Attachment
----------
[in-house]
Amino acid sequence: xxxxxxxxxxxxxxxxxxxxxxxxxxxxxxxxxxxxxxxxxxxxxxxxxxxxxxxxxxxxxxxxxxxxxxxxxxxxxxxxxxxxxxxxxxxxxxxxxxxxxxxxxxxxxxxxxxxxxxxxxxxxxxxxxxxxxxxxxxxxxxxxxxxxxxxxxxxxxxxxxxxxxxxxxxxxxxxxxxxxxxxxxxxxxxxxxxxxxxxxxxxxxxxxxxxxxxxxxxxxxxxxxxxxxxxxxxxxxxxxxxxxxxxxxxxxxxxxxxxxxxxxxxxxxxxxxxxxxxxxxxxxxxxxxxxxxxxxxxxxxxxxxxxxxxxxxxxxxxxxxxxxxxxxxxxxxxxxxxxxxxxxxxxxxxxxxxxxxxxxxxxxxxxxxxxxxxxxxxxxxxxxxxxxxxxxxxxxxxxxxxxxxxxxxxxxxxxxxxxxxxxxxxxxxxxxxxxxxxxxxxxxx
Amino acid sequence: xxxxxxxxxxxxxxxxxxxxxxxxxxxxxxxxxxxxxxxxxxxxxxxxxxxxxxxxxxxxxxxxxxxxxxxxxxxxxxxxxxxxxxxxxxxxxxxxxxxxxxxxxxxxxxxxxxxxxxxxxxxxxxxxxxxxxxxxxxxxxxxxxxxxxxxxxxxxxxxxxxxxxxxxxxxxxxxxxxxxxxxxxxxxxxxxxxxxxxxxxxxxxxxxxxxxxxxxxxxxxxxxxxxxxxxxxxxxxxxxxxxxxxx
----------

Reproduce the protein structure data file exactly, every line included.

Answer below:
[in-house]
Amino acid sequence: xxxxxxxxxxxxxxxxxxxxxxxxxxxxxxxxxxxxxxxxxxxxxxxxxxxxxxxxxxxxxxxxxxxxxxxxxxxxxxxxxxxxxxxxxxxxxxxxxxxxxxxxxxxxxxxxxxxxxxxxxxxxxxxxxxxxxxxxxxxxxxxxxxxxxxxxxxxxxxxxxxxxxxxxxxxxxxxxxxxxxxxxxxxxxxxxxxxxxxxxxxxxxxxxxxxxxxxxxxxxxxxxxxxxxxxxxxxxxxxxxxxxxxxxxxxxxxxxxxxxxxxxxxxxxxxxxxxxxxxxxxxxxxxxxxxxxxxxxxxxxxxxxxxxxxxxxxxxxxxxxxxxxxxxxxxxxxxxxxxxxxxxxxxxxxxxxxxxxxxxxxxxxxxxxxxxxxxxxxxxxxxxxxxxxxxxxxxxxxxxxxxxxxxxxxxxxxxxxxxxxxxxxxxxxxxxxxxxxxxxxxxxx
Amino acid sequence: xxxxxxxxxxxxxxxxxxxxxxxxxxxxxxxxxxxxxxxxxxxxxxxxxxxxxxxxxxxxxxxxxxxxxxxxxxxxxxxxxxxxxxxxxxxxxxxxxxxxxxxxxxxxxxxxxxxxxxxxxxxxxxxxxxxxxxxxxxxxxxxxxxxxxxxxxxxxxxxxxxxxxxxxxxxxxxxxxxxxxxxxxxxxxxxxxxxxxxxxxxxxxxxxxxxxxxxxxxxxxxxxxxxxxxxxxxxxxxxxxxxxxxx